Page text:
Intellectual diversity bill may help Christian students
JEFFERSON CITY – After many years of listening to complaints, Missouri legislators have the opportunity to reaffirm the First Amendment rights of students who are browbeaten by their professors for religious and moral beliefs different than their own.
Rep. Jane Cunningham, R-Chesterfield, is hoping to reinforce students’ constitutional rights through the filing of House Bill 213, (HB 213), to be known as the “Emily Brooker Intellectual Diversity Act.”
Cunningham said legislators have heard complaints of intolerant professors for years, but two other factors have converged this year to open the way for legislative action.
One of those factors was a poll commissioned by the American Council of Trustees and Alumni, and the other was the experience of Emily Brooker, a former student at Missouri State University (MSU) in Springfield.
The poll questioned students in two major universities in the state – MSU and the University of Missouri. Some 50 percent of students polled said they believed they must agree with their professors’ viewpoints in order to get good grades.
In the case of Brooker, Cunningham said, “We finally have a documented formal complaint in the form of the Emily Brooker lawsuit.”
Brooker and other students in the MSU Department of Social Work were required to advocate for adoption by homosexual couples. Part of the assignment was that a letter be drafted by the class, signed by each student, and sent to the Missouri Legislature.
Brooker completed all facets of the work assignment, including helping to draft the letter, but refused to sign the letter because of her religious beliefs.
The social work department filed a Level 3 grievance against her for violation of its policies. One of the options of a Level 3 grievance is to dismiss the student from the program.
Brooker was subjected to a 2½-hour interrogation by an eight-professor “ethics” committee and was not allowed an advocate or a recording device in the room. Among the questions asked of her were, “Do you think gays and lesbians are sinners?” And, “Do you think I am a sinner?”
Of the experience, she said, “I had worked so hard for four years and may not even have had a degree. What if I wasn’t believed? They were all there to say they didn’t like what I was doing in the classroom. I felt like I wasn’t being understood.”
Brooker was required to sign a contract stating what she would do and what she would not do, which she did sign under pressure. On that condition, she was permitted to continue her studies.
“The uncertainty of whether I would actually get my diploma was the most fearful part of this for me. I was anxious every day,” she said.
Brooker graduated last May. Attorneys with the Alliance Defense Fund filed a complaint in federal district court on her behalf last October.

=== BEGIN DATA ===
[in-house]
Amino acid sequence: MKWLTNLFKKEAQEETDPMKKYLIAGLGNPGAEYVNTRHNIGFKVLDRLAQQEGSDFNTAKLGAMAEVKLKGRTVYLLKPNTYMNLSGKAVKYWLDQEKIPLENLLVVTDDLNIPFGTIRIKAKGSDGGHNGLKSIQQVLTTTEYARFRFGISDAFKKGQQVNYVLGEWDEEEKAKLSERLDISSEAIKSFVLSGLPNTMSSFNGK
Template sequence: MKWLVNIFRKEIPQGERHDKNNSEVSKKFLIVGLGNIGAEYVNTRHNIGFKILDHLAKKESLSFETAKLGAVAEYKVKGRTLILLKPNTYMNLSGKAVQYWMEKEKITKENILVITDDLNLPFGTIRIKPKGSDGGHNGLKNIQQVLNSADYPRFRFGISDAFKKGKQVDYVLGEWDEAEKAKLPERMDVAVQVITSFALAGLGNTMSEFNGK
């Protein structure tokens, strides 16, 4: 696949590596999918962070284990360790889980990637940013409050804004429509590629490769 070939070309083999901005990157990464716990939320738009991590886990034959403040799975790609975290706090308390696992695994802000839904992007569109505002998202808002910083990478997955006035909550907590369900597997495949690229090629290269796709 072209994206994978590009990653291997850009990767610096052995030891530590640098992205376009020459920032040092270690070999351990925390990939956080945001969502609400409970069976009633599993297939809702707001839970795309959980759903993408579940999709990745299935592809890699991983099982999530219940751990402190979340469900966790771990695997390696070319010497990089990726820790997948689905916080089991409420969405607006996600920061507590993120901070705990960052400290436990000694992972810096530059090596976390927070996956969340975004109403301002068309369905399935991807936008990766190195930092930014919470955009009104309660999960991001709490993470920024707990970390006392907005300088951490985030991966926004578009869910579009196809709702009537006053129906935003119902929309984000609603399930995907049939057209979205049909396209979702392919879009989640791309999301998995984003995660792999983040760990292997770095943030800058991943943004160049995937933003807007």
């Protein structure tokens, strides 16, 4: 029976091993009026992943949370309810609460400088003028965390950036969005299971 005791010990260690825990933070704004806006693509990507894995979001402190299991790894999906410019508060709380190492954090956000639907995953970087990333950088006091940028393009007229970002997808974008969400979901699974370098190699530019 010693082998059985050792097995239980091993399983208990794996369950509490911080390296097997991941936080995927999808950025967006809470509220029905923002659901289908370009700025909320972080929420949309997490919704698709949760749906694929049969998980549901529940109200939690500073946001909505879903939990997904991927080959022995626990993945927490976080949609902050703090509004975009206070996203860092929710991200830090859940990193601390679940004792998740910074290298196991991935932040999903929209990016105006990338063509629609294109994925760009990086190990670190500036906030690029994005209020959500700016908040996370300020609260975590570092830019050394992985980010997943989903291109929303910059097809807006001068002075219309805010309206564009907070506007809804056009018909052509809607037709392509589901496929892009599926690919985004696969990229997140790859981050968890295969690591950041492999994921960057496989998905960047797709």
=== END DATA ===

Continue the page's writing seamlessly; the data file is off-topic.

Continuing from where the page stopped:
“I didn’t file the lawsuit to have anybody fired or the program shut down. I just wanted to protect other students,” she explained.
Officials at MSU agreed to settle on Brooker’s behalf last November, reimbursing her for attorney fees and clearing her academic record.
The university then commissioned a private external review of the university’s social work department. During the review, evaluators found the department’s learning environment to be toxic and hostile and noted that some professors bullied their students.
According to the report, professors discriminated particularly against religious students and tried to not let students of Christian background into the program.
Among the options offered by the evaluators was the suggestion that the staff be fired and the program be closed. However, the university chose one of the study’s alternative options for trying to salvage the program.
Cunningham’s bill would require that public institutions address the specific measures they will take to promote intellectual diversity and academic freedom and to ensure that students are notified of those measures and how to report violations.
Two amendments were added, one specifying that religious freedom be protected in the institutions’ guidelines on teaching and program development. This amendment was further amended to insert the phrase “including the viewpoint that the Bible is inerrant.”
This phrase caused some discussion in the House of Representatives with several strongly religious people voting against it. “Some asked, ‘What Bible?’” explained Cunningham. “The Quran? The Torah? That was part of the debate. It cut both ways with Christian legislators.”
In the end, the bill was passed in the House and sent on to the Senate.
Brooker, who now works in social services in Springfield, said she is pleased with the proposed legislation because it requires accountability in the schools to know what policies they have and to follow them.
“There were policies to protect me but either my professors were not informed or did not follow them,” she said.
Cunningham said religious discrimination is not limited to colleges but is going on in Missouri’s public schools as well. “We have an unacceptable situation in which teachers indoctrinate rather than educate,” she said.
She expects the bill to pass, saying, “I really do think the only thing that will stop this bill is if there’s not enough time…but I think we’ve got enough time.”